My ex called Child Protective Services on me. What should I do?

Q:

My ex called Child Protective Services on me. What should I do?

A:

Child Protective Services (CPS) is a governmental organization tasked with ensuring the well-being of children throughout the United States. The goal of CPS is to investigate and respond to the more than 2.5 million reports of child abuse and mistreatment of children each year. They accomplish this through evaluation and investigation of complaints, support of parents and rehabilitation of families. Under some conditions, however, CPS may be tasked with the removal of children from homes.

Unfortunately, if you are involved in a divorce or separation, there are instances when a spouse, ex-spouse or partner may contact CPS and make claims against you of child abuse or neglect. Whether the motives are vindictive or done with the best intentions, the results can wreak havoc on you and your children. In fact, CPS is required to investigate all accusations, regardless of whether you believe that the accusations have merit. With this in mind, if your ex-spouse, spouse or partner contacts CPS, it’s critical that you protect yourself by taking the following steps.

1. Take the allegation of abuse seriously.

If your ex-spouse or partner has called CPS, the first step is to take the allegations seriously. Do not ignore the allegations and hope they go away. Do not try to explain what happened or how your ex has a vendetta against you. Never be hostile or defensive toward the CPS agent. Find out details of the allegations and contact your lawyer.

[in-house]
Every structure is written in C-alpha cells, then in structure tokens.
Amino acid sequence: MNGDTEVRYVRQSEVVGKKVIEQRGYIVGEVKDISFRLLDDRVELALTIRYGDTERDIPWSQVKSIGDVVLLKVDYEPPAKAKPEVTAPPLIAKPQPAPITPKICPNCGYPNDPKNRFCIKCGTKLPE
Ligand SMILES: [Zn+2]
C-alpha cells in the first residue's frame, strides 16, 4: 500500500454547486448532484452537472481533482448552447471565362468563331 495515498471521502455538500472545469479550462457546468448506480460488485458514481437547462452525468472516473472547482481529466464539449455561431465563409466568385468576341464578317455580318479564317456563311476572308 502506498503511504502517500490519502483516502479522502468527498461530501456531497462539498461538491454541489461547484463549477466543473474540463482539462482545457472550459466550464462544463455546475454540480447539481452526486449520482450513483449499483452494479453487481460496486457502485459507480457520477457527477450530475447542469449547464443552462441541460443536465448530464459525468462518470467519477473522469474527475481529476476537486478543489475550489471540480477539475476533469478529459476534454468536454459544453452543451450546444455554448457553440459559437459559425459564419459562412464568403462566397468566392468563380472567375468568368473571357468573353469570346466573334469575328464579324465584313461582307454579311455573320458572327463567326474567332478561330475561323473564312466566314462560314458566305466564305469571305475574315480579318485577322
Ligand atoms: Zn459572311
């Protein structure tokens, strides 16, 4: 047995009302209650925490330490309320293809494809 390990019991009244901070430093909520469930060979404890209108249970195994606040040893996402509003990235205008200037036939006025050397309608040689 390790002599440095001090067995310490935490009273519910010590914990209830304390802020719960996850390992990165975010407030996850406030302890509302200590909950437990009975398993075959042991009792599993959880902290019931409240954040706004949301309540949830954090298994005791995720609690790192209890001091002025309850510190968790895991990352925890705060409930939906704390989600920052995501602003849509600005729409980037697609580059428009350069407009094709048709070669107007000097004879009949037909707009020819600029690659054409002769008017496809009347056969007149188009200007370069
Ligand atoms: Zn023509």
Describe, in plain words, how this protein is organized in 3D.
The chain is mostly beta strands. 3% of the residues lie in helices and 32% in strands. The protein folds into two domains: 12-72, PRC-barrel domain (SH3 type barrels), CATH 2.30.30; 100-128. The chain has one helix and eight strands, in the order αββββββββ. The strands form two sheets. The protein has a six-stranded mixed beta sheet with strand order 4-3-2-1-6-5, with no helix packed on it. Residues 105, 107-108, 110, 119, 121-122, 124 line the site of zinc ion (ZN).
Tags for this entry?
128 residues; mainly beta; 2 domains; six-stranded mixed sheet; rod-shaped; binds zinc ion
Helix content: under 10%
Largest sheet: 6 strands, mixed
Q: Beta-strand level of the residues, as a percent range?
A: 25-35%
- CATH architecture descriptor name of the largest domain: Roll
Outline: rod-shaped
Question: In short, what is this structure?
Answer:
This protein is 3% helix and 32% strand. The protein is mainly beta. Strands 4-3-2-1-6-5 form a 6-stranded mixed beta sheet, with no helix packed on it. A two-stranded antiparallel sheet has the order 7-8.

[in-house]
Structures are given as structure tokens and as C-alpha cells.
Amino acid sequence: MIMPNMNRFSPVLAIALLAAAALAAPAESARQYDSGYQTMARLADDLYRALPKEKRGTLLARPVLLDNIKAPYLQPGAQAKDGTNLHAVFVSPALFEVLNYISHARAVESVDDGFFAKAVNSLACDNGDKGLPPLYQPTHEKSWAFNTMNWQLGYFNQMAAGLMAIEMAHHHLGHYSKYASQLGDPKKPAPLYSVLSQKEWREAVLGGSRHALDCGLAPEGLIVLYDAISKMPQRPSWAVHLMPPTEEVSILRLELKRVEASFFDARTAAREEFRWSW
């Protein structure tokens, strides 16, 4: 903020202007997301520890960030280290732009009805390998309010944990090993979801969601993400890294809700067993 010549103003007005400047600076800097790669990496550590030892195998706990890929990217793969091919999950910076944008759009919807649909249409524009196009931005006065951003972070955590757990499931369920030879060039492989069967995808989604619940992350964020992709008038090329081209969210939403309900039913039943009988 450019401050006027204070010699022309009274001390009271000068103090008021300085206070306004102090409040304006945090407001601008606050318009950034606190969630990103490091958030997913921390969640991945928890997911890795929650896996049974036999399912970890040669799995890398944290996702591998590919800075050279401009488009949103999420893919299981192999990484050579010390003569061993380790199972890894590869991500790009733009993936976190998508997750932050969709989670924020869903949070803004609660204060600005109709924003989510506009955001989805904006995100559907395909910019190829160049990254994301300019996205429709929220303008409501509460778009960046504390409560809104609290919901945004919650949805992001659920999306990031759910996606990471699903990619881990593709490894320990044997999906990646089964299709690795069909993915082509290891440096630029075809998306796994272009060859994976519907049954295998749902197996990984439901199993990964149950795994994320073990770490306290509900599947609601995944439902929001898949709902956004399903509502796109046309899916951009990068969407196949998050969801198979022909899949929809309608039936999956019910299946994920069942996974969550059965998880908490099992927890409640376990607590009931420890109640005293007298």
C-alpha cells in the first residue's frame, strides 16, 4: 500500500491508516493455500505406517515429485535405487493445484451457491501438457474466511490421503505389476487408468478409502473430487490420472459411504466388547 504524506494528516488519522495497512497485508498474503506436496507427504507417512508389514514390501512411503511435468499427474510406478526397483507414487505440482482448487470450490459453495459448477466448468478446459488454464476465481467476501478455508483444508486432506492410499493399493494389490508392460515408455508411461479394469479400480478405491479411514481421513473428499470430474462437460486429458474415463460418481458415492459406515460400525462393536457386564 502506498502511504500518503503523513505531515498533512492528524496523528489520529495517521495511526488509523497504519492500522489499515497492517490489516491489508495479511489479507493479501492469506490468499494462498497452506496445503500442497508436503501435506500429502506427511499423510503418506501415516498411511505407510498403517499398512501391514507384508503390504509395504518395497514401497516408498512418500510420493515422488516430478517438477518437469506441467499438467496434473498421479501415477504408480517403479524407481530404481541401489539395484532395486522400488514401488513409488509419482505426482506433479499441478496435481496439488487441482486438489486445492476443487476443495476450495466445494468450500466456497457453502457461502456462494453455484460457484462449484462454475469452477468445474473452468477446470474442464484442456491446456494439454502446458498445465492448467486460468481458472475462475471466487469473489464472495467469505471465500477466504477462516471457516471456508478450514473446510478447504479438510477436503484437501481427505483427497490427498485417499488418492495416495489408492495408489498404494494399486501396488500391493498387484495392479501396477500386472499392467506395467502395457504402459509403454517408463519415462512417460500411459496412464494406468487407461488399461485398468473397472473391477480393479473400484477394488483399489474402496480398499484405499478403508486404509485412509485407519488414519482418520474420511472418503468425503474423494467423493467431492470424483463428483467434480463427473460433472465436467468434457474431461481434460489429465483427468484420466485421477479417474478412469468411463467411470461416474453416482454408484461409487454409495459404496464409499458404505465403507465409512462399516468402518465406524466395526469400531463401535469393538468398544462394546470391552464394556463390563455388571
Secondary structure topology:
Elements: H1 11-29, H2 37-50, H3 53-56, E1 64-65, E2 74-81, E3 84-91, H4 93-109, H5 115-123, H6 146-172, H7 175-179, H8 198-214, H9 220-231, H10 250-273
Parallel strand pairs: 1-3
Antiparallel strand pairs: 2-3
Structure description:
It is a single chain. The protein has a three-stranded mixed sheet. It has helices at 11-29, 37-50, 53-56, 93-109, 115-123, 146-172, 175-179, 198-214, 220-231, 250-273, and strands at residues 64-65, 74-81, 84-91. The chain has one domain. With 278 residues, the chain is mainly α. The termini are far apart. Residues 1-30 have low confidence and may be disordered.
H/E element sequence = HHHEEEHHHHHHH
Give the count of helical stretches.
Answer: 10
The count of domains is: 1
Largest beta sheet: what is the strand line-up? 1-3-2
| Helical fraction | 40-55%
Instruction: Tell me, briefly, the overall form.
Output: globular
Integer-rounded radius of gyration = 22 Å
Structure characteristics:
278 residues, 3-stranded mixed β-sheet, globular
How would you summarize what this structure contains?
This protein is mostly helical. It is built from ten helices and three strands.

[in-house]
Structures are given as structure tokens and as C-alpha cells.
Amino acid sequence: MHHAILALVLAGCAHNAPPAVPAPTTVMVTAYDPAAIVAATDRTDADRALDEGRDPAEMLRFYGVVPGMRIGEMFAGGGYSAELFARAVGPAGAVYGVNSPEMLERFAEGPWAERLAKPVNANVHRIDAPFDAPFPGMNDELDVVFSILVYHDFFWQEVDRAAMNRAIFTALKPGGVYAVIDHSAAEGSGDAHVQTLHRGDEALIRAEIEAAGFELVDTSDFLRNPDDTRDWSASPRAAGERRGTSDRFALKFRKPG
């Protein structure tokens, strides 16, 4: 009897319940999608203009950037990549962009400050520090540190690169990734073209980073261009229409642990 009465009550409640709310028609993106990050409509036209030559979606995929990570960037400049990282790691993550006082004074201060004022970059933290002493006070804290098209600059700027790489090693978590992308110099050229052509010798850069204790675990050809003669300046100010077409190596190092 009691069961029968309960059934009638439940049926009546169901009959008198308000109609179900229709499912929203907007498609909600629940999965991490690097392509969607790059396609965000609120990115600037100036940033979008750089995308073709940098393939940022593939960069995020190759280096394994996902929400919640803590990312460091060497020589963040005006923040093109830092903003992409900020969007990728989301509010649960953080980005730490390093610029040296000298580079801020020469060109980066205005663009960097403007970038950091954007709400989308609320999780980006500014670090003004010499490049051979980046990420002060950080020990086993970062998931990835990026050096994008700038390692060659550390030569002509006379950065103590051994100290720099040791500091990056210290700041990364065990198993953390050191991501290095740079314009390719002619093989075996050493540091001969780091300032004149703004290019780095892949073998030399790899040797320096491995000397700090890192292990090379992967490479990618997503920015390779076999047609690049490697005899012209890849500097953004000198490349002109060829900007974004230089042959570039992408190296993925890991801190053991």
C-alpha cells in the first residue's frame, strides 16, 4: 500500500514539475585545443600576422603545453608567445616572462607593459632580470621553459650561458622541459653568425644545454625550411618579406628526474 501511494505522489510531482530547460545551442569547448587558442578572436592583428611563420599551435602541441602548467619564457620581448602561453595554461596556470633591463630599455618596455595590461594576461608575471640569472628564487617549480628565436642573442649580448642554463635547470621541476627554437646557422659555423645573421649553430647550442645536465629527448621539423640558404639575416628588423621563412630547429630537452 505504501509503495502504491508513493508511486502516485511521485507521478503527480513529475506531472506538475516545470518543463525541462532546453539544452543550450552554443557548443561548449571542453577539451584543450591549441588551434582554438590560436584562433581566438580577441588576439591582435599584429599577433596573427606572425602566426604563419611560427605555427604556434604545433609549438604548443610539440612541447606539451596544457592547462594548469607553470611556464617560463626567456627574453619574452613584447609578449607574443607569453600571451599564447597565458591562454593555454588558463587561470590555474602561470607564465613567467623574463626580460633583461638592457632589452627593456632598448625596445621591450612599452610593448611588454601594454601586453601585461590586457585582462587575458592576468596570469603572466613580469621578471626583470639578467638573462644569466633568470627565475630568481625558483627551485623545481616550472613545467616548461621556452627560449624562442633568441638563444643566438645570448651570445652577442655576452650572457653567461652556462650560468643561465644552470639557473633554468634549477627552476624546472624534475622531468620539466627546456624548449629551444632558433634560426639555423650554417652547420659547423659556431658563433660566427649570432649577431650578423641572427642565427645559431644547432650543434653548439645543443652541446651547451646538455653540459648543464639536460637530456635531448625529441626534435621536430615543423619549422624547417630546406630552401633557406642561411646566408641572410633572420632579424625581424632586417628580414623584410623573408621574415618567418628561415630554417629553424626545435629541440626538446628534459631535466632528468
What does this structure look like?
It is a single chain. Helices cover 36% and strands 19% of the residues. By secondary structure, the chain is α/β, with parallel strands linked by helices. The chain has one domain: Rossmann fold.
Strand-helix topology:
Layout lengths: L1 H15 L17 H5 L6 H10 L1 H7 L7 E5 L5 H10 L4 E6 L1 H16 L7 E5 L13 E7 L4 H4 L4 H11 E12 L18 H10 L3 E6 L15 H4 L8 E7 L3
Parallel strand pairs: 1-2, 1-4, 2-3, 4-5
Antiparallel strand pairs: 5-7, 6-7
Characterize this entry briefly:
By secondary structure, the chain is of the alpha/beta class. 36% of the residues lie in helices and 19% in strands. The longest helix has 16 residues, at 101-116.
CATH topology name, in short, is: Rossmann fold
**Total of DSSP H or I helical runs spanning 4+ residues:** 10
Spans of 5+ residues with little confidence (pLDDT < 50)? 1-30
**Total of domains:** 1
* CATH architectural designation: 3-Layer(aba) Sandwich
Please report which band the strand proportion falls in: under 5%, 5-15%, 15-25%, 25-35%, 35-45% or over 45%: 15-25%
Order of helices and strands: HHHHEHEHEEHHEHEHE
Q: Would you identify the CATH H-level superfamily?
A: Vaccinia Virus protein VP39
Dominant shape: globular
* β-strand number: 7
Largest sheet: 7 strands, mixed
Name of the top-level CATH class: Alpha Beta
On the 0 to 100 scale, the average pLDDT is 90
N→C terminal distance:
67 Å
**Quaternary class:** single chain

2. Contact your lawyer.

The second step if your ex-spouse or partner contacts CPS is to immediately contact your lawyer and discuss your case. If you have received a call that an allegation has been made against you, discuss the allegation with the social worker and find out the details of the complaint. Try to get the state statute number or local ordinance code that you have allegedly violated.

Note: Because CPS charges may be criminal in nature, it’s a good idea to have your lawyer present during all CPS interviews. In fact, because even innocuous statements may be used to build a case against you, it’s important to consult with your attorney before talking with a CPS official.

3. Understand your rights.

After discussing your case with your attorney, the next important step is to understand your rights. Too often parents forfeit their rights, especially their Fourth Amendment rights. For example, the Fourth Amendment states that citizens have the right to be “secure in their persons, houses, papers, and effects, against unreasonable searches and seizures, shall not be violated, and no warrants shall issue, but upon probable cause, supported by Oath or affirmation, and particularly describing the place to be searched, and the persons or things to be seized.”